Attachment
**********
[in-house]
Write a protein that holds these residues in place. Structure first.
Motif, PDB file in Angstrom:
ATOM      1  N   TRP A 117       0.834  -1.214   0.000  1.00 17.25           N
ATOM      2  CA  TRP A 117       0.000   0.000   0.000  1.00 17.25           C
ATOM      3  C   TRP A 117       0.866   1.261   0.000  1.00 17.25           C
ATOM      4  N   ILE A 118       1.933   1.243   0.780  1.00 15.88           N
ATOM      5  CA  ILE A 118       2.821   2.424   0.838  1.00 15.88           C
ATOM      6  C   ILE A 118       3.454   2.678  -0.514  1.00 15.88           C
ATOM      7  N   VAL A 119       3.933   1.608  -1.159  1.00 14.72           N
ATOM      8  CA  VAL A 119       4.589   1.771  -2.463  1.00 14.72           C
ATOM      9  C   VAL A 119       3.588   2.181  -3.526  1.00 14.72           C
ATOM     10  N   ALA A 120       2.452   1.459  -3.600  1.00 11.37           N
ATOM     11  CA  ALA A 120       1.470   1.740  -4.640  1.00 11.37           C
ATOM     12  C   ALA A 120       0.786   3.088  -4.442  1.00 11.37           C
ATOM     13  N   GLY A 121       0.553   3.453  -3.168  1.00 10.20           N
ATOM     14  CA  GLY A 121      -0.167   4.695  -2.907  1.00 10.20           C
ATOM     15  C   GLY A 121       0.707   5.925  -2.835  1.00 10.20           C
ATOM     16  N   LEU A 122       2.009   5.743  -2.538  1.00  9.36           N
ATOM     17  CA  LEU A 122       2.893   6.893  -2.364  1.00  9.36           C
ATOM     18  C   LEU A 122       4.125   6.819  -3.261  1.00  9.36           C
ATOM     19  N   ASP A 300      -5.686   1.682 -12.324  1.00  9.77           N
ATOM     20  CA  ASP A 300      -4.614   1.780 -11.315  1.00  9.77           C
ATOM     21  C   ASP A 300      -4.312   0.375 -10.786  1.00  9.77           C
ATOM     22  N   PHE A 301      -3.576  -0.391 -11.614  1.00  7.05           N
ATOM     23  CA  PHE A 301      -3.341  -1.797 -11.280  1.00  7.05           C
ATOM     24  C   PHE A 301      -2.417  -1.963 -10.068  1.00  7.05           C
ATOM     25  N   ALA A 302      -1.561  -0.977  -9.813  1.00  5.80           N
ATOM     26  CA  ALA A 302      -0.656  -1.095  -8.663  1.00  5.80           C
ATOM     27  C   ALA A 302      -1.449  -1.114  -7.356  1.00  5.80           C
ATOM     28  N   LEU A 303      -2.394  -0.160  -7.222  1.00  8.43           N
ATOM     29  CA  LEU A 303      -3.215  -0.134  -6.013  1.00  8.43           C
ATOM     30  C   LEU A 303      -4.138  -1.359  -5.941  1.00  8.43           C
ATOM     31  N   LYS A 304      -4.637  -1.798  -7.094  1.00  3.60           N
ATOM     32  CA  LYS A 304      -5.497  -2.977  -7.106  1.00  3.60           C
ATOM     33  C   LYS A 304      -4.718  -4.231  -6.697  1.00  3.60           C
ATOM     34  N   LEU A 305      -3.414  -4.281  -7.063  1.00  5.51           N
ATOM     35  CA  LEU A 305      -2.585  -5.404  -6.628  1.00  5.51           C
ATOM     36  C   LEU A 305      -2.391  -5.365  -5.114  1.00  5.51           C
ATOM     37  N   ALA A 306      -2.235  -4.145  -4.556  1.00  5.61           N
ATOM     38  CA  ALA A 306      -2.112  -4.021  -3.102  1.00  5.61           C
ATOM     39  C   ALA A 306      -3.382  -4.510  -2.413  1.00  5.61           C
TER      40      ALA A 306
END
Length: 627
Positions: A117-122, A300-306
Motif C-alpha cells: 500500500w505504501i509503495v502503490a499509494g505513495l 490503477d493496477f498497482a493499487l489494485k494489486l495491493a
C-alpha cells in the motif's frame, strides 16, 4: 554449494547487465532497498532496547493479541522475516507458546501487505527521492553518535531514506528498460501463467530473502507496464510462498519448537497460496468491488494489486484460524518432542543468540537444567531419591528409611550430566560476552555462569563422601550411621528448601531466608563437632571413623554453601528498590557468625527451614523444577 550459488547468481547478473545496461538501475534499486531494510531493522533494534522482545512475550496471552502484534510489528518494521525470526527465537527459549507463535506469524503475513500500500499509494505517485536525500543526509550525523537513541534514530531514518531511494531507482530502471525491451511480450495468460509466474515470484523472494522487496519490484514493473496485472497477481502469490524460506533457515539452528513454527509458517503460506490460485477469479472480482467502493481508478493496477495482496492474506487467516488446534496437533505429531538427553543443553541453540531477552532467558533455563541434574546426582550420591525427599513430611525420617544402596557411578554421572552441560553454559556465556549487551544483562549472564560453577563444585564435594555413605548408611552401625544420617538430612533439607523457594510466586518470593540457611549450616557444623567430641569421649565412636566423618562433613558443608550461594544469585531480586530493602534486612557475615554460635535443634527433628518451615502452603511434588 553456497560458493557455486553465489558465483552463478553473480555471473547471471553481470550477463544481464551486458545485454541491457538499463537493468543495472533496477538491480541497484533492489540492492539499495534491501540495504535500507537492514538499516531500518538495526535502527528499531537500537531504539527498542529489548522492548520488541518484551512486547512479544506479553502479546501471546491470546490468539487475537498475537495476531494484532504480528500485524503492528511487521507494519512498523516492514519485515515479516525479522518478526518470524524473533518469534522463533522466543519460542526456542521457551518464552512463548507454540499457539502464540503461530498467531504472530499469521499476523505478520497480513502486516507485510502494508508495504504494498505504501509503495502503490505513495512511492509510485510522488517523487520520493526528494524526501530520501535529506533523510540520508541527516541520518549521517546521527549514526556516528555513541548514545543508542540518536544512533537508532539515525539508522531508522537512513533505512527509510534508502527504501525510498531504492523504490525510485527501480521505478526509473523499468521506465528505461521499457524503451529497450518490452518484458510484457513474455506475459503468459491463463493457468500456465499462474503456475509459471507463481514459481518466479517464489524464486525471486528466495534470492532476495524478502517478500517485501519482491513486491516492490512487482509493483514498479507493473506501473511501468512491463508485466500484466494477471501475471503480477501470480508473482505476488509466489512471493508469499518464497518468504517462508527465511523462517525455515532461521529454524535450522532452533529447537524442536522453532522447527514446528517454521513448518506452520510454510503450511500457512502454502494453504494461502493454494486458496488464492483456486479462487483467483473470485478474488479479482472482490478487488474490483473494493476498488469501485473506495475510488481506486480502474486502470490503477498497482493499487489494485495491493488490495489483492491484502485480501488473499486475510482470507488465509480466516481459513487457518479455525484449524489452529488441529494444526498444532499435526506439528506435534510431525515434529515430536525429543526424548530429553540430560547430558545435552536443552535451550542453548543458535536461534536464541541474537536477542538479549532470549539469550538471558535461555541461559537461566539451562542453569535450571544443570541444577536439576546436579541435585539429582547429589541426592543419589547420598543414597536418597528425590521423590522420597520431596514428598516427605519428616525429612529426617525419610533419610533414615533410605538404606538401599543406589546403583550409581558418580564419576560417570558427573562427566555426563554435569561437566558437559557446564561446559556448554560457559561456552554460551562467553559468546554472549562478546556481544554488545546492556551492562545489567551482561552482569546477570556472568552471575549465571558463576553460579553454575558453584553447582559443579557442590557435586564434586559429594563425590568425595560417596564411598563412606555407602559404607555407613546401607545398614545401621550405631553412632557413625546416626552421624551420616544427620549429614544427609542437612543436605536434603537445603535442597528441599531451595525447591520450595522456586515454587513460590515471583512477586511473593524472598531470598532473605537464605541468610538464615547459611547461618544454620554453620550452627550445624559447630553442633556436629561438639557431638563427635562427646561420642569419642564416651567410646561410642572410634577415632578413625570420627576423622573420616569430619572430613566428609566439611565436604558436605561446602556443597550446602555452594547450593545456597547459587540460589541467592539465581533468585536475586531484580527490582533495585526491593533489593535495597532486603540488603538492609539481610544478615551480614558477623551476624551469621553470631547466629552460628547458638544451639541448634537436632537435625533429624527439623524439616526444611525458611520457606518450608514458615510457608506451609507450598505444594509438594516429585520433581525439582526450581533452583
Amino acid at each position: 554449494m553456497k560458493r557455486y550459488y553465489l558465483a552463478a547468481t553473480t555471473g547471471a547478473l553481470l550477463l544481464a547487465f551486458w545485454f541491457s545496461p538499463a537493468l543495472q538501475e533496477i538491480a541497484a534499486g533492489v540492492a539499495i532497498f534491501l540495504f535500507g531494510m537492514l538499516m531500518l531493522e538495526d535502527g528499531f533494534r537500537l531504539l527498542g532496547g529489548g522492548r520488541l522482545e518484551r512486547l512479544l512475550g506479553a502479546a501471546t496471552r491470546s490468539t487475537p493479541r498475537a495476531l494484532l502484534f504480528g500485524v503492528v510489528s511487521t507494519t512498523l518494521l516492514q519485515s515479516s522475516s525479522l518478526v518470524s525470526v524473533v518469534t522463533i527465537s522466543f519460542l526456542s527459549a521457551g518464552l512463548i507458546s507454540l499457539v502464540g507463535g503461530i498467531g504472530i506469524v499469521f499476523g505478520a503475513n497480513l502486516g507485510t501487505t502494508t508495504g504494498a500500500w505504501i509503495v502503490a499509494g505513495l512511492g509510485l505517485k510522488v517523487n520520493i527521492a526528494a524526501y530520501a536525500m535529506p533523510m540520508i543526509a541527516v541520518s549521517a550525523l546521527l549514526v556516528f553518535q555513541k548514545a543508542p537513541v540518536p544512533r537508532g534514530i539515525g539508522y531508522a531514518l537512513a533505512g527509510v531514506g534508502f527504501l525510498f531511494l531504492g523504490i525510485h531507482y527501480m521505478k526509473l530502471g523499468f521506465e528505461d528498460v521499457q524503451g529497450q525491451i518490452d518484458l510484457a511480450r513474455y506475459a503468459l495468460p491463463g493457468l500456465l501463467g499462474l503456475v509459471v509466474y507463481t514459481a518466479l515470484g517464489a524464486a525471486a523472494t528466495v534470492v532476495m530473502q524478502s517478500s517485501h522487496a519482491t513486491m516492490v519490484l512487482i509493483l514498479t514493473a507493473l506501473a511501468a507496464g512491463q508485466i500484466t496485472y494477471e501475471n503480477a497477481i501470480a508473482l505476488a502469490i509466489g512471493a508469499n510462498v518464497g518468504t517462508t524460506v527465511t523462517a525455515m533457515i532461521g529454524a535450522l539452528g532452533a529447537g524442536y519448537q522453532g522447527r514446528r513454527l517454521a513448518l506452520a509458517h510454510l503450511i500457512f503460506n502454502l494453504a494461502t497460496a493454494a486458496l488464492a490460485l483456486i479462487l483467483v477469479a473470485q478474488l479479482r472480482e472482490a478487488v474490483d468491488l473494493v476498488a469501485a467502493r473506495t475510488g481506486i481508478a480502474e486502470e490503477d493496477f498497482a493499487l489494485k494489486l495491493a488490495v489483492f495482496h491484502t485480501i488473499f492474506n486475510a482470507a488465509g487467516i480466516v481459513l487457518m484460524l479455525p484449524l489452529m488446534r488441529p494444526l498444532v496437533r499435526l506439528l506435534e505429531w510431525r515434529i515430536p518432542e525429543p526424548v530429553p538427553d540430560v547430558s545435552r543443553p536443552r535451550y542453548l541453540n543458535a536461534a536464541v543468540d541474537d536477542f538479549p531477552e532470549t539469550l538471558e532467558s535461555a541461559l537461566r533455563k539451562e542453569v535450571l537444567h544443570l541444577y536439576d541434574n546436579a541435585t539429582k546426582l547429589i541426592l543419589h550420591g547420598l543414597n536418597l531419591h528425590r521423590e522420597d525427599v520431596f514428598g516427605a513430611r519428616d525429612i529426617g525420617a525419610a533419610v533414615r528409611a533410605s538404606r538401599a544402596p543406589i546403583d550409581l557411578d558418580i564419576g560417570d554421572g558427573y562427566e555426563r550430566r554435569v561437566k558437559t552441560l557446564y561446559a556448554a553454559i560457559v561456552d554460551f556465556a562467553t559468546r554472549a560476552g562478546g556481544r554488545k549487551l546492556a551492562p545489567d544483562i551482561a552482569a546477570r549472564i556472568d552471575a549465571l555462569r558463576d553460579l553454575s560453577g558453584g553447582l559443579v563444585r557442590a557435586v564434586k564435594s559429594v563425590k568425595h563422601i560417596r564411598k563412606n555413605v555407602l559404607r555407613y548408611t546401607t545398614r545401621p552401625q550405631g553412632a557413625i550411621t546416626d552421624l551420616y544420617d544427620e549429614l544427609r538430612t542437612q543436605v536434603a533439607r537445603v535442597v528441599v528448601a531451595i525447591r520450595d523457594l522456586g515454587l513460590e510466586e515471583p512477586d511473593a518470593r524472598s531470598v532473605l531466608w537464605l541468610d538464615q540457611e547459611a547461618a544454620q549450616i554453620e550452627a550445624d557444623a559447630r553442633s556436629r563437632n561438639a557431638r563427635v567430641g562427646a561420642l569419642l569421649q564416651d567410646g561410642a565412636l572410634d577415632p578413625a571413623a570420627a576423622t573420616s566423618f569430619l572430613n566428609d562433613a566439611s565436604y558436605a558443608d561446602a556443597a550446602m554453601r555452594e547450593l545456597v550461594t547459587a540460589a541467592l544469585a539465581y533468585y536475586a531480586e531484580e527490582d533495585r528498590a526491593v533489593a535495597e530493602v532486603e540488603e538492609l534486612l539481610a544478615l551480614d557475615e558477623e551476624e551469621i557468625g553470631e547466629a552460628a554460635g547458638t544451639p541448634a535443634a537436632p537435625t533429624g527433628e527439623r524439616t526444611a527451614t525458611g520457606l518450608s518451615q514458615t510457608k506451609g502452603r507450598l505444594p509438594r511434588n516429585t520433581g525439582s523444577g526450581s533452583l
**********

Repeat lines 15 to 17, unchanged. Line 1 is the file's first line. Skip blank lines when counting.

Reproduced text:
ATOM     12  C   ALA A 120       0.786   3.088  -4.442  1.00 11.37           C
ATOM     13  N   GLY A 121       0.553   3.453  -3.168  1.00 10.20           N
ATOM     14  CA  GLY A 121      -0.167   4.695  -2.907  1.00 10.20           C